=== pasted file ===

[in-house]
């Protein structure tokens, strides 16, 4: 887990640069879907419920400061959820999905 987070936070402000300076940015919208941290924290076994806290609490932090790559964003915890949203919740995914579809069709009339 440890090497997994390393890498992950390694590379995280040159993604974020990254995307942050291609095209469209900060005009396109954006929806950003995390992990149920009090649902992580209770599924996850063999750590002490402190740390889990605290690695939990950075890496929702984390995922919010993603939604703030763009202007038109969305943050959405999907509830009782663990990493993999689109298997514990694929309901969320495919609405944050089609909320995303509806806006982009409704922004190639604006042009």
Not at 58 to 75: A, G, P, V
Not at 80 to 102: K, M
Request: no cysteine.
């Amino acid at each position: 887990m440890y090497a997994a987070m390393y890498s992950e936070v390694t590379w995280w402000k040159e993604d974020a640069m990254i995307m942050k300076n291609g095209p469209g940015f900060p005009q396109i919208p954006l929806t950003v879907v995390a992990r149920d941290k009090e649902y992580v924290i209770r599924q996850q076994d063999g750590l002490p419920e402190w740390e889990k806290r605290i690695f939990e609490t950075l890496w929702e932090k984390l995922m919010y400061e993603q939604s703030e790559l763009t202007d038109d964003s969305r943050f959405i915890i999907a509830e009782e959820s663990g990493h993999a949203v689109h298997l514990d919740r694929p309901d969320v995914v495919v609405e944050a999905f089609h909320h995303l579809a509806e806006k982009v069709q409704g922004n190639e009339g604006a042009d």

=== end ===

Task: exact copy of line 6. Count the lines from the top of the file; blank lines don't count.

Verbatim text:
């Amino acid at each position: 887990m440890y090497a997994a987070m390393y890498s992950e936070v390694t590379w995280w402000k040159e993604d974020a640069m990254i995307m942050k300076n291609g095209p469209g940015f900060p005009q396109i919208p954006l929806t950003v879907v995390a992990r149920d941290k009090e649902y992580v924290i209770r599924q996850q076994d063999g750590l002490p419920e402190w740390e889990k806290r605290i690695f939990e609490t950075l890496w929702e932090k984390l995922m919010y400061e993603q939604s703030e790559l763009t202007d038109d964003s969305r943050f959405i915890i999907a509830e009782e959820s663990g990493h993999a949203v689109h298997l514990d919740r694929p309901d969320v995914v495919v609405e944050a999905f089609h909320h995303l579809a509806e806006k982009v069709q409704g922004n190639e009339g604006a042009d």